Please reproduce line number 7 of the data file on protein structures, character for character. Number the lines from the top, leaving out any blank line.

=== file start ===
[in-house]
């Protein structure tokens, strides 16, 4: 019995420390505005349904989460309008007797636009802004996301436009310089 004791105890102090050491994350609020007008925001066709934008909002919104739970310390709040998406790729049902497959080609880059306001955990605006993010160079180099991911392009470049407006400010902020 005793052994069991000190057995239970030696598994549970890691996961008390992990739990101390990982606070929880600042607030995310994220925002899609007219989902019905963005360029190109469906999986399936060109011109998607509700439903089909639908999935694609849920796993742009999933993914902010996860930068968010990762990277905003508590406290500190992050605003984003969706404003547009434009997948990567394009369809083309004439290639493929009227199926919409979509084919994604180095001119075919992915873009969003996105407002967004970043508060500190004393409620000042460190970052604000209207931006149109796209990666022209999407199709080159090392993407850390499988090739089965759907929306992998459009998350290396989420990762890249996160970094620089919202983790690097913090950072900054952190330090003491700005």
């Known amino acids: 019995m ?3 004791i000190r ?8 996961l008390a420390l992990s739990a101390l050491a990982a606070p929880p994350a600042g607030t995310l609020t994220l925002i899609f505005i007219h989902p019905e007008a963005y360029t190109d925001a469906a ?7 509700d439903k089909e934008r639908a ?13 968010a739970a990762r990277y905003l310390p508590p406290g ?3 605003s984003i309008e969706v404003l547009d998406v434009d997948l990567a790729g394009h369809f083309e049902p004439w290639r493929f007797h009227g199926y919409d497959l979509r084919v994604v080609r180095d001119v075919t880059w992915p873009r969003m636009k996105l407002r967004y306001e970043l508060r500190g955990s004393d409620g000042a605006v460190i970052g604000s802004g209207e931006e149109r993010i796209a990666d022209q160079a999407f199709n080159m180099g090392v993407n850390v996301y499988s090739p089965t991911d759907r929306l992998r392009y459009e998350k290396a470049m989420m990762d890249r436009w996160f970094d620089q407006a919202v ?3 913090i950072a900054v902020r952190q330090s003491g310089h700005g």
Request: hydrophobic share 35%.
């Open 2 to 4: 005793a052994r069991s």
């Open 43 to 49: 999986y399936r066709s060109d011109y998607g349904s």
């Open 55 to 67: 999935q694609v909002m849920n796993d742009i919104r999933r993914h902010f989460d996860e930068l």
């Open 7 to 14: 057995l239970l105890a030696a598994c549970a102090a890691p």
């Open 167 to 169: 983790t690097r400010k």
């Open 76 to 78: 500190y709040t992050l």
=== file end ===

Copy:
């Open 55 to 67: 999935q694609v909002m849920n796993d742009i919104r999933r993914h902010f989460d996860e930068l």